Sony is apparently going to keep this trend going, as 2013 (which was not included in our assessment) is expected to see the launches of The Last of Us, Beyond: Two Souls, and if it doesn't make it into 2012, Tokyo Jungle. Meanwhile, Nintendo and Microsoft have provided virtually no visibility into original games they're publishing for their systems next year.
4) Microsoft's new IP spawns sequels and spin-offs more frequently
The reasoning goes that new IP is more common at the early part of a console cycle because it gives publishers a chance to create new franchises they can lean on for the whole generation. Given that, it's worth taking a look to see whose original efforts are more frequently followed up on. Microsoft has had the most success on that front, or at least showed the most determination to make a hit, as 11 of the company's 17 published Xbox 360 games (65 percent) have turned into franchises with sequels or follow-ups. Compare that to Nintendo, which converted four of its nine original games (44 percent) into new series, or Sony, which has seen just nine of the 25 new IP it published on the PS3 (36 percent) yield successors.
The numbers would appear to back up the conventional wisdom that console makers shy away from new IP later in their systems' life spans. If we take the Kinect and Move-dependent games out of the last four years' worth of Microsoft, Sony, and Nintendo offerings (because as we established before, the new hardware drove the new IP), we have a grand total of 11 new IP from the Big Three in the last four years combined (2009-2012), an average of less than one original game per console per year. If you look at the number for the first half of the console generation (2005-2008), there were 23 games based on new IP, averaging just under two per console per year. And keep in mind, the PS3 and the Wii weren't even out until late 2006, so if anything, that figure actually short-changes the new IP push from the first half of this generation.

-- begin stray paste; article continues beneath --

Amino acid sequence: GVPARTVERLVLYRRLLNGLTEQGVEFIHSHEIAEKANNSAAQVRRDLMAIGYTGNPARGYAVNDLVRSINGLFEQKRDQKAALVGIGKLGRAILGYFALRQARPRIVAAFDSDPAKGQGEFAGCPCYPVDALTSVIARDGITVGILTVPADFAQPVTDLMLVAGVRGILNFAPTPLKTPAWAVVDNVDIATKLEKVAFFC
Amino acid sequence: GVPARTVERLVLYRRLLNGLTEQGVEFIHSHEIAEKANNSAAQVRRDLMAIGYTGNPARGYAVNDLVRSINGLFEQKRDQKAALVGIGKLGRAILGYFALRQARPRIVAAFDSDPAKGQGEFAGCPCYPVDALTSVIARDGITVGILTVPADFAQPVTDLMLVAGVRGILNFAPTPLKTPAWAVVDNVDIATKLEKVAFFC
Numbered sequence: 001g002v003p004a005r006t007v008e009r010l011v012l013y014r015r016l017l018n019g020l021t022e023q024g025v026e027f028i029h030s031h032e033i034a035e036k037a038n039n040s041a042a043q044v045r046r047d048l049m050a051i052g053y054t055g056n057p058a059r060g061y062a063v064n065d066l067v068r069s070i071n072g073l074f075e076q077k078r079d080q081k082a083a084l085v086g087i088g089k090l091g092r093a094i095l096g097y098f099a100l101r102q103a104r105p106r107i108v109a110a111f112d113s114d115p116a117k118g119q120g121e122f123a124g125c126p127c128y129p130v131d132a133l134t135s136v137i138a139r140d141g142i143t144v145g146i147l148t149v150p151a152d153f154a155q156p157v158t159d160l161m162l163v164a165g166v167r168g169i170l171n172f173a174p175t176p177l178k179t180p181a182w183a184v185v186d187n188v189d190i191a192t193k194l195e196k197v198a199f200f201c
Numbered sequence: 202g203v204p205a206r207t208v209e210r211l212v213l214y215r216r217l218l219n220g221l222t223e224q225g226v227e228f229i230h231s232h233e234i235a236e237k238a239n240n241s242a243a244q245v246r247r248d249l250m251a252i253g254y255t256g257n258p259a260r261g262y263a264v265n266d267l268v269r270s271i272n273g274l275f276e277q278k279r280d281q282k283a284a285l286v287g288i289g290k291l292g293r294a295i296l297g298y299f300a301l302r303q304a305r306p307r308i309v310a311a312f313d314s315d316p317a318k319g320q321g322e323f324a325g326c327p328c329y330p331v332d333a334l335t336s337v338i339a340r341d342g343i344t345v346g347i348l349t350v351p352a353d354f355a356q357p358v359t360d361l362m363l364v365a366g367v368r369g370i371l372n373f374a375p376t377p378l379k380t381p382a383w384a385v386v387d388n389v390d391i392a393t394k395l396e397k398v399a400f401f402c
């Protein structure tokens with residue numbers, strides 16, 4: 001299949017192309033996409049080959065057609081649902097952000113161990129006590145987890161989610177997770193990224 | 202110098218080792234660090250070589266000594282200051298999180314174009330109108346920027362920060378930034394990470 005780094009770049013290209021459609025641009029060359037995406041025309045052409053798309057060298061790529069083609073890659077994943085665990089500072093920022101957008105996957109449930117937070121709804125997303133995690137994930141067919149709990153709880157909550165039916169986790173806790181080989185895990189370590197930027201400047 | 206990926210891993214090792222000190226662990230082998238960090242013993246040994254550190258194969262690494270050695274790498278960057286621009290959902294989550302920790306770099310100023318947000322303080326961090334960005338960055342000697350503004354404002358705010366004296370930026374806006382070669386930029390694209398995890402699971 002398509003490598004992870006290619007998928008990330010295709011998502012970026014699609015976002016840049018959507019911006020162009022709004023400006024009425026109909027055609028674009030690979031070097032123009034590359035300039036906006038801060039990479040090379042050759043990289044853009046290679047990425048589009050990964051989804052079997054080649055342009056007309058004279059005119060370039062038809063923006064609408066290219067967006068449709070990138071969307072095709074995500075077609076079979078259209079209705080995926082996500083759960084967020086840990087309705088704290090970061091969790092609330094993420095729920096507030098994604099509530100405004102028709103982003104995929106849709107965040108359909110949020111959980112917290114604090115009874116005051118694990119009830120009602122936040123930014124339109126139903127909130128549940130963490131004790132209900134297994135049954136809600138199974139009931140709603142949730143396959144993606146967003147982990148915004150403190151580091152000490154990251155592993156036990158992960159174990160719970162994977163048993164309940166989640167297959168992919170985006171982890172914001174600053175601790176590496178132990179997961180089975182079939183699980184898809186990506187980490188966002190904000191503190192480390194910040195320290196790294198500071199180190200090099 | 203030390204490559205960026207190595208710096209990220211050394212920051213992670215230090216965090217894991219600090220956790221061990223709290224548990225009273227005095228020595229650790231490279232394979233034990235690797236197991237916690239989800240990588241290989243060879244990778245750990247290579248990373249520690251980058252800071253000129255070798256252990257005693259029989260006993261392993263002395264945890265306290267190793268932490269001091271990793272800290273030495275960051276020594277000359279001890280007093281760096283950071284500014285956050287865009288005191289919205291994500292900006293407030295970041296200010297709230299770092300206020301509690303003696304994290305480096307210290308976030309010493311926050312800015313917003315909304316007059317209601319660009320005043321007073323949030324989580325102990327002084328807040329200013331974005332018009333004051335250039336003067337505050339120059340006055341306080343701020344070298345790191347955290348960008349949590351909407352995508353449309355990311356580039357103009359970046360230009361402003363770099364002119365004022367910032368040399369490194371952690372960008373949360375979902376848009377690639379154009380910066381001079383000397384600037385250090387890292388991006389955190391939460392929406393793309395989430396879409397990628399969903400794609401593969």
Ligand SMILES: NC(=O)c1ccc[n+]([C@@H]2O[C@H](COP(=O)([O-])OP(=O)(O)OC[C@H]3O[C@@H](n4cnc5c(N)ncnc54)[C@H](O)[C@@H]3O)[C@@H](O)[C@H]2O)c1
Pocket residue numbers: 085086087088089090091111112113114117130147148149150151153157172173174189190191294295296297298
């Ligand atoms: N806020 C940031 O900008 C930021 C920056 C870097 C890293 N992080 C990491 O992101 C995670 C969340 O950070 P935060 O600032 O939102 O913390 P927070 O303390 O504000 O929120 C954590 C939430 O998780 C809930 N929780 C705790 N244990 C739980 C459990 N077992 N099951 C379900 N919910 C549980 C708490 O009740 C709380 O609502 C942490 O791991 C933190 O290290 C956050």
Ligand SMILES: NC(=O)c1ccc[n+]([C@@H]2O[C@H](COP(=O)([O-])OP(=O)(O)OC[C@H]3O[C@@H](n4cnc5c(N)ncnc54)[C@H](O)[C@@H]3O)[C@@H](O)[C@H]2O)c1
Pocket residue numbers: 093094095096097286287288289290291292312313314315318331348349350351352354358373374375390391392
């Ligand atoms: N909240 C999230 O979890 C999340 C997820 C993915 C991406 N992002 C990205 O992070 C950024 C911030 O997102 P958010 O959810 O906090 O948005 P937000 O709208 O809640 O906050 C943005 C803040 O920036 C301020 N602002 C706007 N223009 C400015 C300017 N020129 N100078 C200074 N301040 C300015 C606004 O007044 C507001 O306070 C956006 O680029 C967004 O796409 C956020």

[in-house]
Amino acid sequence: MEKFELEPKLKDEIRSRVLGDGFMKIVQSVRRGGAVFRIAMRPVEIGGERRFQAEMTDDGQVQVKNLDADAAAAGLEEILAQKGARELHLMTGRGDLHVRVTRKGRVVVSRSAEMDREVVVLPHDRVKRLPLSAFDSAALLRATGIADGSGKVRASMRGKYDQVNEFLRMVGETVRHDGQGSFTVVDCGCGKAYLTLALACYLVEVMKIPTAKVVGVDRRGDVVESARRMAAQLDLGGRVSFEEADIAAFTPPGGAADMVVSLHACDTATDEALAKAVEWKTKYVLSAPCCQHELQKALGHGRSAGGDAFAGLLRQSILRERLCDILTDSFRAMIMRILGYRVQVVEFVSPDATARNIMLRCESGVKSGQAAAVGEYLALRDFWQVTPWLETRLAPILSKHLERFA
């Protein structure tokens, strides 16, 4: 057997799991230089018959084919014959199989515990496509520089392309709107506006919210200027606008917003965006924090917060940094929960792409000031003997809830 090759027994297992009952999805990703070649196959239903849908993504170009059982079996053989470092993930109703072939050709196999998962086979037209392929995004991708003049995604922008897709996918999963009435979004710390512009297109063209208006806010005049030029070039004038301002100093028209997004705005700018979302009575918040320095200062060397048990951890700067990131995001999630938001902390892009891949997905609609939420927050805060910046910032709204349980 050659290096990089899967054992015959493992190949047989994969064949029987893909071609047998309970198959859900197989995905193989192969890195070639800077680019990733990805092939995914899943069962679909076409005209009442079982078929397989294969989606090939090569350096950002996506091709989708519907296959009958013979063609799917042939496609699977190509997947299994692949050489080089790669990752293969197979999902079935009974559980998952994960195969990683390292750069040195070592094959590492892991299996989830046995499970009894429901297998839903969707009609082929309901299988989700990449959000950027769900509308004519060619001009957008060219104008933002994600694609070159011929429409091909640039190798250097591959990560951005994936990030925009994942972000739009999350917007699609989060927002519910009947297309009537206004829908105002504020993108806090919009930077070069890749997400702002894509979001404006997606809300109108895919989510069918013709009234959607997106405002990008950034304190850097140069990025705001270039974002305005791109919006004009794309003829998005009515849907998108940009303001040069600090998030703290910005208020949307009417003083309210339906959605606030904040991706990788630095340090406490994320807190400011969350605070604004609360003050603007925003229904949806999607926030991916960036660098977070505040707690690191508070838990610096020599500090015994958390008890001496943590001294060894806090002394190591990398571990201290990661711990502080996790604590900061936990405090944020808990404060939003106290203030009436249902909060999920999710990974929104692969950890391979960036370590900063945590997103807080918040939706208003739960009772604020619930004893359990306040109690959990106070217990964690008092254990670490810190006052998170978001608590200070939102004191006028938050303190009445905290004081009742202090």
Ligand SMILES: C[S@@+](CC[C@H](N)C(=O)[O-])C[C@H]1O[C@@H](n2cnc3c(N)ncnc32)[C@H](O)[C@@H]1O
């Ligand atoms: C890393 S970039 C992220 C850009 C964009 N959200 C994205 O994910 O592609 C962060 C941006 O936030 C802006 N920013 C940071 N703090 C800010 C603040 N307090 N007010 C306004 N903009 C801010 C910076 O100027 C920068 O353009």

On the other hand, if we don't take the Kinect and Move games out of the mix, the last four years have seen 28 new IP introduced into the market by Nintendo, Microsoft, and Sony, compared to just 23 for the first four years of this generation. And then you could make the argument that the conventional wisdom is wrong.
While you could say it all depends on how someone wants to look at the numbers, perhaps the biggest takeaway is that it's not new specifically consoles that spur the creation of original intellectual properties in the industry today so much as at is new hardware of any significance.